Boston Bruins

By Ty Anderson,

Three years ago, the Boston Bruins could have added Lee Stempniak for close to nothing.

Stempniak, who has called Boston home since he graduated college, was part of a group that spent their summers skating with several members of the Bruins. He certainly fit a need for the Bruins back then, too, after the team failed to make the playoffs in 2015. They instead watched him join the Devils on a professional tryout, and Stempniak forced his way into an affordable contract before the B’s ultimately dealt two draft picks (a second and fourth-round selection) to add him at the 2016 trade deadline.

Now, the 35-year-old is back with the Bruins (this time on a professional tryout), and is currently making it almost impossible for the Bruins to let him slip through their fingers for the third time in three years.

Making his third appearance of the preseason in Monday’s win over the Philadelphia Flyers, Stempniak factored in on three of Boston’s four goals, and finished his night with the game-winning goal and two primary helpers. And including his two-assist effort against the Red Wings over the weekend, the versatile Stempniak’s totaled a goal and five points in his last six periods of hockey.

No matter the plethora of kids the B’s either have or expect to have contribute to their NHL squad this year, that improving production is becoming increasingly tougher to walk away from, and they know it.

“He could,” Bruins head coach Bruce Cassidy said when asked if Stempniak has a chance to make the Bruins this fall. “He’s come in here and done what we’ve asked him to do which is make plays, have composure, make good decisions with the puck, and still be a good 200-foot player so he’s done that.”

It’s worth noting that Stempniak, who recorded three goals and 10 points in 19 post-deadline games with the Bruins in 2016, never wanted to leave the Bruins. He openly wanted to stay with the Bruins, but the Bruins wanted to go through a ‘culture change’ after their second straight collapse out of the postseason picture, and moving on from somebody like Stempniak was beyond easy. (You could argue that that was a mistake, as the Bruins once again spent assets on a veteran scorer at the deadline that year in Drew Stafford while Stempniak posted a solid 16-goal, 40-point campaign with the Hurricanes.)

And with Anders Bjork (shoulder surgery) still on the shelf and yet to make a preseason appearance, as well as Cassidy’s open reluctance to sit a younger player as the club’s 13th or 14th forward, there certainly seems to be a spot there for Stempniak to grab between now and Oct. 3.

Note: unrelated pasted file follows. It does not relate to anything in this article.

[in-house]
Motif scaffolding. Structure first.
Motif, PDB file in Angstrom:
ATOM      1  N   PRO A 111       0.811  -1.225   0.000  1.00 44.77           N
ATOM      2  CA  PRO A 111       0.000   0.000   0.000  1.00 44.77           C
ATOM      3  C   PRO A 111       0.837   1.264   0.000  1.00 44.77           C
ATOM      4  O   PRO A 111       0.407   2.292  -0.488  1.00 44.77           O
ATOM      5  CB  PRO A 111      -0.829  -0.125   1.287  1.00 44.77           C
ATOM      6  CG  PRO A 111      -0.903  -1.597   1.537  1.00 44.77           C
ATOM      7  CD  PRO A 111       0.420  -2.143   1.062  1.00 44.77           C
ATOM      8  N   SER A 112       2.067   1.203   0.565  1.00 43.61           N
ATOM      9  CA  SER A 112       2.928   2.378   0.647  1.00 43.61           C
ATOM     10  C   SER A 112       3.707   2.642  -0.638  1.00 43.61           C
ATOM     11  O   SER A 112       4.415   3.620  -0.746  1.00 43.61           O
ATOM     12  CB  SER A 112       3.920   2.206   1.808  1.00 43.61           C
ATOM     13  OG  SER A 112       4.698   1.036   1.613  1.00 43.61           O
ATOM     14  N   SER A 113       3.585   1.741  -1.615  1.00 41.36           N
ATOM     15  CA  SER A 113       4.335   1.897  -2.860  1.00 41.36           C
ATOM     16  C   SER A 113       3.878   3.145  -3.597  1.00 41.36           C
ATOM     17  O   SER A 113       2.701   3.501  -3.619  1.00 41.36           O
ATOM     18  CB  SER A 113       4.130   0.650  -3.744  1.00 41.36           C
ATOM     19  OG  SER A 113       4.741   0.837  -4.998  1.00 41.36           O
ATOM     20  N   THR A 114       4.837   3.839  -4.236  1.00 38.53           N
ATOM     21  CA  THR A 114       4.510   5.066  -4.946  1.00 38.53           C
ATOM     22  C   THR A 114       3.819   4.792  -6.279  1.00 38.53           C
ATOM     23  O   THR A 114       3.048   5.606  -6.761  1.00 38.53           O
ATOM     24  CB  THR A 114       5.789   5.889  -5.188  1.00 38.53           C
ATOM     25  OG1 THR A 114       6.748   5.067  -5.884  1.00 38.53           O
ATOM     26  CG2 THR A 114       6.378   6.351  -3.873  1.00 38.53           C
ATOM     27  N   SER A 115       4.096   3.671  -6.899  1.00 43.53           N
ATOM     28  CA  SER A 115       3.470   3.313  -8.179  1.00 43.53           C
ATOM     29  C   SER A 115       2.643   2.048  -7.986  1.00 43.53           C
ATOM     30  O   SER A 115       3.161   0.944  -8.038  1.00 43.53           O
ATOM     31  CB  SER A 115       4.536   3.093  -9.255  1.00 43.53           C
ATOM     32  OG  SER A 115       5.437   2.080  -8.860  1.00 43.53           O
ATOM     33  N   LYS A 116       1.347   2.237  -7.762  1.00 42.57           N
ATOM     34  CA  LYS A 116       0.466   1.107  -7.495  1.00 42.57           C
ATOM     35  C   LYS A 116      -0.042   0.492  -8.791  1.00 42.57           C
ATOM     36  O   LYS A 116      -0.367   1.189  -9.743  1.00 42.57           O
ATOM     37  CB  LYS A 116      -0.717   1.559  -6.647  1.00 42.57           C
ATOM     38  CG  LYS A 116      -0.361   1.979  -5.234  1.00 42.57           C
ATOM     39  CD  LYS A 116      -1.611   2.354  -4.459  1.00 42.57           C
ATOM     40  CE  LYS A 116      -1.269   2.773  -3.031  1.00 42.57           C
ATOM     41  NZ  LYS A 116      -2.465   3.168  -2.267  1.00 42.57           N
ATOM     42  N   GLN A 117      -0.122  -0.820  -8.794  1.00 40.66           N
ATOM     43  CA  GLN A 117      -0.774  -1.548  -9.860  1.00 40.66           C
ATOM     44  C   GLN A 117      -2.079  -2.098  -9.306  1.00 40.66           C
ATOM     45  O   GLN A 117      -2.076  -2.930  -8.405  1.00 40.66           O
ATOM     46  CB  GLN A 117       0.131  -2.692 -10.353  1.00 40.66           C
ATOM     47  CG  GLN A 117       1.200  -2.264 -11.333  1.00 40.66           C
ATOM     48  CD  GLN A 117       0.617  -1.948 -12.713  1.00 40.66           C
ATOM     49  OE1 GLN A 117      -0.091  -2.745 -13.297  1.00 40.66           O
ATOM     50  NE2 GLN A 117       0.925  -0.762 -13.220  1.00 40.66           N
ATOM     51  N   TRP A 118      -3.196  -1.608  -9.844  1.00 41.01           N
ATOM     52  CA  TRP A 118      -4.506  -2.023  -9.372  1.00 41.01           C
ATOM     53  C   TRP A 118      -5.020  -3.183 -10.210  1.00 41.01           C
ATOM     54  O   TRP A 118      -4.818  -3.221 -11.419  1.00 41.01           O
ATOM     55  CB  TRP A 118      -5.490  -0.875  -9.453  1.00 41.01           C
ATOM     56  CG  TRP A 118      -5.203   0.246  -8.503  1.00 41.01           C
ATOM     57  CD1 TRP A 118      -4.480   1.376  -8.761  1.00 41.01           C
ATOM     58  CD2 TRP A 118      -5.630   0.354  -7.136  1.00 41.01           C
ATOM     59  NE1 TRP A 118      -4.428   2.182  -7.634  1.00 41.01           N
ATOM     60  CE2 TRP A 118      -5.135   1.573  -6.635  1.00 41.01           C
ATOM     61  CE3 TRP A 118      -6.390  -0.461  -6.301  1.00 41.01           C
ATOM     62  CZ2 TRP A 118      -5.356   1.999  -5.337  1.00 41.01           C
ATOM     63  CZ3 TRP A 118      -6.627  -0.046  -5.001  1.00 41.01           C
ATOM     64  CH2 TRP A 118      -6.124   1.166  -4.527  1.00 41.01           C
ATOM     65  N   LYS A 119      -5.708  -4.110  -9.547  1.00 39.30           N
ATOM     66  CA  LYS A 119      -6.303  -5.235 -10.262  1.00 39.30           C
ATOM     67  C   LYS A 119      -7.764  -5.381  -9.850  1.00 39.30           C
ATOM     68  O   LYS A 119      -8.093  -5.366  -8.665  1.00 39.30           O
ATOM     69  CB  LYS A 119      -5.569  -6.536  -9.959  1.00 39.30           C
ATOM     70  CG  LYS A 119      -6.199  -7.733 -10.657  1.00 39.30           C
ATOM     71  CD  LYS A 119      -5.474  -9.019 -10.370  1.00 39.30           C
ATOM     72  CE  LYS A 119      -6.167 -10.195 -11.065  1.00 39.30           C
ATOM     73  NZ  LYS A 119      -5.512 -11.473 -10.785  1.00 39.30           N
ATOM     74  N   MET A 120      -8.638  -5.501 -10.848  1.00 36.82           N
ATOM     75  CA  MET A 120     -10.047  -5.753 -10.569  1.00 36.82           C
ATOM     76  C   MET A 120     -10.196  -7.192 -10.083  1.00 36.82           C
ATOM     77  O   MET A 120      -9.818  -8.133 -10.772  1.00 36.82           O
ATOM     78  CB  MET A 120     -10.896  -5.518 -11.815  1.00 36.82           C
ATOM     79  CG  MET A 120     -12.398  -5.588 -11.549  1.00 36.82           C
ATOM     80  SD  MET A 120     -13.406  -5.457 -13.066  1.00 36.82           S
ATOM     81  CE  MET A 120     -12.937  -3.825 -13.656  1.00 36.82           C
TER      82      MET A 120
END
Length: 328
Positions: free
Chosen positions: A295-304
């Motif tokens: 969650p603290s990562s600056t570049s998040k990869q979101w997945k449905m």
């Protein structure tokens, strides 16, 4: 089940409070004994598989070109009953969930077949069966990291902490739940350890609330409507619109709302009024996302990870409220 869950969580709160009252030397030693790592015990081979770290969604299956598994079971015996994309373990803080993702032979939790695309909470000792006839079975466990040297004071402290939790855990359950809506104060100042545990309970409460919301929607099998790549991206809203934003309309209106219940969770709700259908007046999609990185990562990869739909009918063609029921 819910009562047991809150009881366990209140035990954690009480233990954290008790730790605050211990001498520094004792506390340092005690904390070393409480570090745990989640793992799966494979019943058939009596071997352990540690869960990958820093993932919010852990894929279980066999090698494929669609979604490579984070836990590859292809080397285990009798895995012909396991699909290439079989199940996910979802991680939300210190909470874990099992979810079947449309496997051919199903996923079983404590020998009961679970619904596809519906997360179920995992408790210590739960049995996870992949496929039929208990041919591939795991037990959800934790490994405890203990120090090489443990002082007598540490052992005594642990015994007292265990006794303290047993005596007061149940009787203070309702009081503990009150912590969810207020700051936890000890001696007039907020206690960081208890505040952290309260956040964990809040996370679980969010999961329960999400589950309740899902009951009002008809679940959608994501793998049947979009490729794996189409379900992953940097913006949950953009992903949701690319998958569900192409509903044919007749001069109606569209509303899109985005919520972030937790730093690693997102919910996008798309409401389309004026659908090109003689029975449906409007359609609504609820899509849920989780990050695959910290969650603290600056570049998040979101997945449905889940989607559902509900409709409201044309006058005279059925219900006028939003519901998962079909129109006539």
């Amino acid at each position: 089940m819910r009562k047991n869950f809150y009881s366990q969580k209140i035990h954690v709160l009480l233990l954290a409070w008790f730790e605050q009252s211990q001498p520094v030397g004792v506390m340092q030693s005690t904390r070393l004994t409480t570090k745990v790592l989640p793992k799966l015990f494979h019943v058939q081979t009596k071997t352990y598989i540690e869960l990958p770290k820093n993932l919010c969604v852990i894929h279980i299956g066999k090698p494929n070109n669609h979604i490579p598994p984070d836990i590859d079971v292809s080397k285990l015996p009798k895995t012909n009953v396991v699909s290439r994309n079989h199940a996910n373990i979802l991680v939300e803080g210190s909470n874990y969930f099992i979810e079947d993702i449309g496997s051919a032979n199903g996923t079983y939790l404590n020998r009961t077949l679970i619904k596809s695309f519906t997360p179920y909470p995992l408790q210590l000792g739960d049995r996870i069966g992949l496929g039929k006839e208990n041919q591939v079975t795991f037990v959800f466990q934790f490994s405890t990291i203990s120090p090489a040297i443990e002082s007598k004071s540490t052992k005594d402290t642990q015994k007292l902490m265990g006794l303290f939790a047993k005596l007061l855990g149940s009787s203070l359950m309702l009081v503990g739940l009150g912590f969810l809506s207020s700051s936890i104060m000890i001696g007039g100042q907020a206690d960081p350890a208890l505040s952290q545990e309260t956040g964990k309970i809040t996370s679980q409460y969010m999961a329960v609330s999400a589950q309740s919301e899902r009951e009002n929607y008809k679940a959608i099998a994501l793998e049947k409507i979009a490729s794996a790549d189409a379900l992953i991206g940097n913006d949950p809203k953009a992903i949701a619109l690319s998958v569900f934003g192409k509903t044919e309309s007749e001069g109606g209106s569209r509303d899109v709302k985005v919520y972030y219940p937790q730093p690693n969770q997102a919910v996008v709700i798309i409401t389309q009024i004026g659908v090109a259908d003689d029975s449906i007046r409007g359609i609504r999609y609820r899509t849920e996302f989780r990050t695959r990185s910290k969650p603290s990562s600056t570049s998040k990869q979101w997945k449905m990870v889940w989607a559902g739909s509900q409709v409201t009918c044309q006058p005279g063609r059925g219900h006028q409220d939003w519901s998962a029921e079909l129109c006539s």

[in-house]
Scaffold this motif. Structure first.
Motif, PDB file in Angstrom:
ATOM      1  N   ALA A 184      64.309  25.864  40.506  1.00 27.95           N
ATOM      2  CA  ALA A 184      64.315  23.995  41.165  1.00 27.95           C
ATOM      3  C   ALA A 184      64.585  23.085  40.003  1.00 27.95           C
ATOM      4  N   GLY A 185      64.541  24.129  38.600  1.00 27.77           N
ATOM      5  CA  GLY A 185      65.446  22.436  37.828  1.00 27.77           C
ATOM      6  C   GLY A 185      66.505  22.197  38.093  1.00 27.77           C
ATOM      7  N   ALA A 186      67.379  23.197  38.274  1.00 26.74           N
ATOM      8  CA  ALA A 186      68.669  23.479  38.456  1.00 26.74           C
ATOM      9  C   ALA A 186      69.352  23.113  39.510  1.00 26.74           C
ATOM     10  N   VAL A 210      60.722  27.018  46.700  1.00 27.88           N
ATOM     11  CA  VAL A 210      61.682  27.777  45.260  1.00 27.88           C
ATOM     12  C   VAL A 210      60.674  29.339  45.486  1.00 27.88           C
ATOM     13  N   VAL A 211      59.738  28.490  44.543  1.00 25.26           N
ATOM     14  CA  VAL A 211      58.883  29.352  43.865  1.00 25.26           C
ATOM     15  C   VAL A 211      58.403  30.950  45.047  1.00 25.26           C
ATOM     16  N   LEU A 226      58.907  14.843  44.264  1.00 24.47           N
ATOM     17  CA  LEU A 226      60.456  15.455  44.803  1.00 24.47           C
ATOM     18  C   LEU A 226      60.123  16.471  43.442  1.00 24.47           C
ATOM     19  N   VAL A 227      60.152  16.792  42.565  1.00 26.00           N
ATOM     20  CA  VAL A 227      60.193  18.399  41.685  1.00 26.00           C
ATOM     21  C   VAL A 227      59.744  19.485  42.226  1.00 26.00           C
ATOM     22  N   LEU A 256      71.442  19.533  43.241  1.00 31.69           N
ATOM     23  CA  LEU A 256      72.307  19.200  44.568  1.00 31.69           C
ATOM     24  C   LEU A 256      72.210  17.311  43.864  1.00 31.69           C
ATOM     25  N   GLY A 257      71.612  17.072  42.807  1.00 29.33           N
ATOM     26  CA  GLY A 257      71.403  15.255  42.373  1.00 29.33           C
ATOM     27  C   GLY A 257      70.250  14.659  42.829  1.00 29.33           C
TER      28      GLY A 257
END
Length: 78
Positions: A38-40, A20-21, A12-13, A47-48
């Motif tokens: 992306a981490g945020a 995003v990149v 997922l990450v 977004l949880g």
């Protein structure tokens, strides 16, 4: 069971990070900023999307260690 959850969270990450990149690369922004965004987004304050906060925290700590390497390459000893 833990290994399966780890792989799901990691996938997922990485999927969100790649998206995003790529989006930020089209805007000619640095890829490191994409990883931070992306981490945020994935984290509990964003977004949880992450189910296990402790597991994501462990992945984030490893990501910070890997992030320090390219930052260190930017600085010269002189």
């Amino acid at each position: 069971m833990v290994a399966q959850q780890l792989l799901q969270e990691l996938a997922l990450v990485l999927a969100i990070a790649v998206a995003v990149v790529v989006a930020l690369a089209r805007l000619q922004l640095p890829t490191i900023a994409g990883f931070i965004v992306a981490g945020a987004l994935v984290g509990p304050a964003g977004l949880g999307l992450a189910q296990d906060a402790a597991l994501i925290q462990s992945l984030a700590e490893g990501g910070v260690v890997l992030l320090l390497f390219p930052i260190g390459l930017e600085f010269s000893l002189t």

Stempniak, whose cost is favorably low after an injury-plagued 2017-18 season with the Hurricanes, also has the benefit of being a player that’s regularly played on both the left and right side throughout his career. Cassidy and the Bruins love such talents, especially given obvious preferences when it comes to the sides Bjork, Danton Heinen, and Ryan Donato will play. And following offseason departures of flexible forwards such as Brian Gionta, Riley Nash, Rick Nash, Tim Schaller, and Tommy Wingels.

The veteran of over 900 NHL games is certainly hip to this advantage in his pursuit of an NHL contract.

“I feel like for me some of my strengths are versatility; I can play up and down the lineup on both wings and that’s something I try to showcase,” Stempniak offered after Monday’s victory. “Obviously last year was a tough year with injuries, but other than that I’ve been pretty consistent with how I’ve played and put up points, so for me I think it’s showing I can still skate, still play, and keep up with the pace of the game and I think I did that tonight and what I’ve been doing for camp.”

It also helps that Stempniak has been through almost everything one can in the NHL, and that the potentially too-young Bruins (especially on their third line) could be in a situation where they’re spending for veteran help should Player X, Y, and Z prove unready for an obviously win-now team.

Perhaps getting ahead of that without losing anything ‘cept cap space is in the B’s best interest.

“We’ve seen some young mistakes out of our young players that we’re going to allow them to play through, but at the same token we have to address what’s best for the club,” Cassidy remarked. “Is it youth or a proven guy? It’s been youth around here because they bounce back.

“So, we’ll see in the next couple of weeks.”

Or in the next couple of 30-game segments if and when they’re looking for a player like Stempniak.

Ty Anderson is a digital producer for Any opinions expressed do not necessarily reflect those of 98.5 The Sports Hub, Beasley Media Group, or any subsidiaries. Have a news tip, question, or comment for Ty? Follow him on Twitter @_TyAnderson.